“The authority to direct involves functions relating to overseeing an employer's operations or which indicate responsibility for the performance of a subordinate's work. [Citations.] These functions include reviewing and monitoring work activities, instructions on how work is to be performed, scheduling work hours, assigning work, and approving requests for leave or overtime[,] and completing performance evaluations. [Citations.] The Board has also previously held that these and any other function of direction are not supervisory direction absent evidence that the alleged supervisor possesses significant discretion to affect or impact the[ ] subordinates['] employment in areas likely to fall within the scope of union representation, such as wages, discipline, transfer, promotion, hir[ing,] or other working conditions.” Service Employees International Union, Local 73-HC, 19 Pub. Employee Rep. (Ill.) par. 58, at 265, No. LRC-02-014 (Illinois Labor Board, Local Panel, April 15, 2003) (2003 PERI (LRP) LEXIS 59).
See also City of Sparta, 9 Pub. Employee Rep. (Ill.) par. 2029, at X-150, No. S-RC-92-100 (Illinois State Labor Relations Board, June 21,1993)(1993 PERI (LRP) LEXIS 158).
The reasoning is that “absent such discretionary authority, an individual's responsibility to direct subordinates in the performance of their job duties does not conflict with his membership in a bargaining unit.” City of Bloomington, 13 Pub. Employee Rep. (Ill.) par. 2041, at X-236, No. S-UC-97-30 (Illinois State Labor Relations Board, August 25,1997) (1997 PERI (LRP) LEXIS 129, at *8). In the present case, the Board found that “[a]lthough [telecommunications supervisors] overs[aw] their subordinates' work activities [ ] and provide[d] them with instruction and assistance, they [were] unable to affect the terms and conditions of their [subordinates'] employment, and oversight authority alone [was] insufficient to constitute supervisory direction under the Act.” 23 Pub. Employee Rep. (Ill.) par. 38, at 98 (2007 PERI (LRP) LEXIS 37, at *6).
The employer does not claim that telecommunications supervisors have any influence over transfers. Nor does the employer claim that telecommunications supervisors are “supervisors,” in the statutory sense, by virtue of their participation in hiring committees. It appears that the only means by which telecommunications supervisors arguably have any influence over wages, discipline, and promotion are performance evaluations and referrals for discipline-both of which serve, essentially, as recommendations or suggested grounds for action by someone higher in the chain of command. Under section 3(r), a “supervisor” directs or disciplines employees (among other possible supervisory functions) or “effectively recommend[s] any of those actions.” 5 ILCS 315/3(r) (West 2006). The critical word is “ effectively.” “For a recommendation such as this to be [‘]effective [’] within the meaning of the Act [ (5 ILCS 315/3(r) (West 2006)) ], it must be adopted as a matter of course, without independent review.” International Union of Operating Engineers, Local No. 150, 23 Pub. Employee Rep. (Ill.) par. 130, at 561, No. S-RC-06-175 (Illinois Labor Board, State Panel, September 4, 2007) (2007 PERI (LRP) LEXIS 128).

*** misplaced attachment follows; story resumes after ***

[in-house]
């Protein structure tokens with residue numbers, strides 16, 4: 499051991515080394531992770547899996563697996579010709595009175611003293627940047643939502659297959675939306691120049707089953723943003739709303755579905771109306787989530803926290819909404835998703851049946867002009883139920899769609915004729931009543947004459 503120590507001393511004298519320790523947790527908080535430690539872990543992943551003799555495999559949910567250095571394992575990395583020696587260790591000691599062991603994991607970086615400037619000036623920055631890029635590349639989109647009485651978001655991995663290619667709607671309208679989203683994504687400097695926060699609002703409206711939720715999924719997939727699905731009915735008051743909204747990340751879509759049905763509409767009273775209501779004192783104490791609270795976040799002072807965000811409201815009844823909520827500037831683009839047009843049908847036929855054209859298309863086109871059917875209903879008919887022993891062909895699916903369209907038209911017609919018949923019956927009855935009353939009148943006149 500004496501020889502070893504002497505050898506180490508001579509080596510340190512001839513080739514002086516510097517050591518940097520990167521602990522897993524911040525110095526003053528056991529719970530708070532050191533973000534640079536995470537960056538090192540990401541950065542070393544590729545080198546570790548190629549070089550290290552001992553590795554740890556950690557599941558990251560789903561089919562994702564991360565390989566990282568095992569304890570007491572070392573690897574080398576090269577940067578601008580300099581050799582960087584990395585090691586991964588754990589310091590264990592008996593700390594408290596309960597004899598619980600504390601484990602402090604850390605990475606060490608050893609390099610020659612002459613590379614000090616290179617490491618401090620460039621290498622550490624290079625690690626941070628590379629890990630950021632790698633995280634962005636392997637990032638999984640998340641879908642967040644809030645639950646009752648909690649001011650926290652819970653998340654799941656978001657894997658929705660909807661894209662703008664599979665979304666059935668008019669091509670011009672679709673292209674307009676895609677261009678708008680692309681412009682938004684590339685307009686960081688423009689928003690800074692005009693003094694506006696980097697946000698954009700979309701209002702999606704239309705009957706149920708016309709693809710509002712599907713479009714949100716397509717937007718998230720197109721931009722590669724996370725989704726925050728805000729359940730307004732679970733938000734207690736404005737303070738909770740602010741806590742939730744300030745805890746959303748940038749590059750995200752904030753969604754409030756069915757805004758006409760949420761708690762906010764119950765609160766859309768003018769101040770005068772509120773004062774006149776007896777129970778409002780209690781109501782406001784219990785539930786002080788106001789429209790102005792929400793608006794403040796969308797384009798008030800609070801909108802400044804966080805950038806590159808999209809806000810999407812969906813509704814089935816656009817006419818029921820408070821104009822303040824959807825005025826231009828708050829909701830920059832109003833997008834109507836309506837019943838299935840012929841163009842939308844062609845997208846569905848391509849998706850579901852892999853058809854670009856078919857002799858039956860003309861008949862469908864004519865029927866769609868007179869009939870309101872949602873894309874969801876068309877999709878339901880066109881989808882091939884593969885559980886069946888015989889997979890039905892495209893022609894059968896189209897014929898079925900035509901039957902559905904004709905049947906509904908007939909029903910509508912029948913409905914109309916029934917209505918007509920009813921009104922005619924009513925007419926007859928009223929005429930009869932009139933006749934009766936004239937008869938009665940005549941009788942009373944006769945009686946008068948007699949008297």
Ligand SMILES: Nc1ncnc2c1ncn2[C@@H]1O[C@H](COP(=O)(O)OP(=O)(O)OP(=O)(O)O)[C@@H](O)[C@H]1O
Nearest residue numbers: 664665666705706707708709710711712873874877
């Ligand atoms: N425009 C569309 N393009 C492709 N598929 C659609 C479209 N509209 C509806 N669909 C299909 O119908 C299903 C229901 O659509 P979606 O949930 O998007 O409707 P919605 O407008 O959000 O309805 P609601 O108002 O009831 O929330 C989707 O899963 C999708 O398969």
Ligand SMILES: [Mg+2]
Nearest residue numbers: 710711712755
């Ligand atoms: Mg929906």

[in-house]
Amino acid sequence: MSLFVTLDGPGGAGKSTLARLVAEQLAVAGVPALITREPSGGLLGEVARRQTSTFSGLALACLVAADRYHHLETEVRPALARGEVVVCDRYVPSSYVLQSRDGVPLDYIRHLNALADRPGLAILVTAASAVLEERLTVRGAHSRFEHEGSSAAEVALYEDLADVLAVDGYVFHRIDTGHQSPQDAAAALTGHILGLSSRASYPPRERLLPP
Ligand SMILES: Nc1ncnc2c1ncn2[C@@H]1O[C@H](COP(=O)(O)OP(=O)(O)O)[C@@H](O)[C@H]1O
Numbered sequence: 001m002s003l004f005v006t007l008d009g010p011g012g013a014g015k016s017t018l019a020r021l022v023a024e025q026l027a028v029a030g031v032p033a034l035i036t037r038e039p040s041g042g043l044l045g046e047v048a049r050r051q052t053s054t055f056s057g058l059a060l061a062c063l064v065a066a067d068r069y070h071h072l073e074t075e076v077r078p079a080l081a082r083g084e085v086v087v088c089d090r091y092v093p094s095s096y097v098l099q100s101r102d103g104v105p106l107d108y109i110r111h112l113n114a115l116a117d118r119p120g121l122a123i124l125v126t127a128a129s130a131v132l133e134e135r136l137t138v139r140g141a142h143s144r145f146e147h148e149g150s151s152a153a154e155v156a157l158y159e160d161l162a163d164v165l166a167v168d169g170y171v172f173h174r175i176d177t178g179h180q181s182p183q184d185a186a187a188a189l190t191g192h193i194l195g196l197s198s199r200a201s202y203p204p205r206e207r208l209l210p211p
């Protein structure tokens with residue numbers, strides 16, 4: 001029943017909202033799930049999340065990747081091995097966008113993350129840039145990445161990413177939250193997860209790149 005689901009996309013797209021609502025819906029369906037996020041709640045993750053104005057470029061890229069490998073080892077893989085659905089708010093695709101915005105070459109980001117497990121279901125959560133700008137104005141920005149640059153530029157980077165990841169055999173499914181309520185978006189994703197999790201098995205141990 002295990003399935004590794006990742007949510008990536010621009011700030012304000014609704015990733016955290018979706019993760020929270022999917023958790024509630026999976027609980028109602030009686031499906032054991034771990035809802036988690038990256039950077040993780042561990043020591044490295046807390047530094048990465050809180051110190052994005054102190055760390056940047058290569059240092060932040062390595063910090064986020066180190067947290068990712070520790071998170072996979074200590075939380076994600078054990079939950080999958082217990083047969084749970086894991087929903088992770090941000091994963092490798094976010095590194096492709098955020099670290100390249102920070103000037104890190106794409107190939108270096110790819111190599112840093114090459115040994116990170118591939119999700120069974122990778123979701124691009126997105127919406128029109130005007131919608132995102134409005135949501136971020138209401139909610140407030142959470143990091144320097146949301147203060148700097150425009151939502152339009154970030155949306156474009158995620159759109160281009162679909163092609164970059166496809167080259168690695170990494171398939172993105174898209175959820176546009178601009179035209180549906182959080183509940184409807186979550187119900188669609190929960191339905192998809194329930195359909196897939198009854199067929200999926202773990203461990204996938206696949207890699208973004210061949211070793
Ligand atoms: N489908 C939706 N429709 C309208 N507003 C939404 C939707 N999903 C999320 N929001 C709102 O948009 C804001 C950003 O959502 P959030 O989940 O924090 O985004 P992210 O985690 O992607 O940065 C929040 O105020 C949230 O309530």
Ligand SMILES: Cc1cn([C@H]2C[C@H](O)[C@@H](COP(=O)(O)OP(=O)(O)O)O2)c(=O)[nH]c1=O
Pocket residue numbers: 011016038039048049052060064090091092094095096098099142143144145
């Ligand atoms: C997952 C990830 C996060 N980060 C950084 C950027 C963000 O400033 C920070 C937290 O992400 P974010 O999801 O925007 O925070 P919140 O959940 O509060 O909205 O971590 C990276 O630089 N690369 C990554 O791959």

The employer argues that because no one higher in the chain of command ever requested a telecommunications supervisor to change the ratings in a performance evaluation and because Vail and Stec admitted that performance evaluations could affect promotions and influence the decision of whether to fire an employee, telecommunications supervisors have significant discretion to affect the terms and conditions of employment and, therefore, they “direct” employees. As authority for this argument, the employer cites Village of Hinsdale, 22 Pub. Employee Rep. (Ill.) par. 176, at 669-70, No. S-RC-06-037 (Illinois Labor Board, State Panel, December 13, 2006) (2006 PERI (LRP) LEXIS 181) (hereinafter 22 Pub. Employee Rep. (Ill.) par 176).
In Village of Hinsdale, the ALJ found that police sergeants employed by the village were “supervisors” because they had authority to discipline their subordinates by putting counseling statements in their personnel file, which could enhance future discipline. The Board agreed with that finding. The ALJ found, however, that the sergeants' authority to evaluate their subordinates' performance was not indicative of supervisory authority. The employer filed an exception to that finding, and the Board agreed with the employer. The sergeants were required to evaluate patrol officers in 25 categories, rating their performance as “ ‘below standard,’ ” “ ‘standard,’ ” or “ ‘above standard’ ” in each category. Three of the rating categories-warning citations, traffic citations, and parking citations-were based solely on the number of citations the patrol officer had issued during the year, so the sergeant's rating in those categories was automatic and did not require the use of independent judgment. But the remaining categories-e.g., problem-solving, performance under pressure, and interpersonal skills-were more subjective and called for independent judgment by the sergeant. The Board said:
“It is also apparent that the component ratings, which control the overall rating, affect the patrol officers' terms and conditions of employment. A patrol officer must achieve an overall ‘standard’ to advance to the next pay grade. While the record indicates that most officers do so on an annual basis, the record does demonstrate that[,] in one instance[,] a patrol officer failed to advance for three straight years, based on a sergeant's negative overall rating.”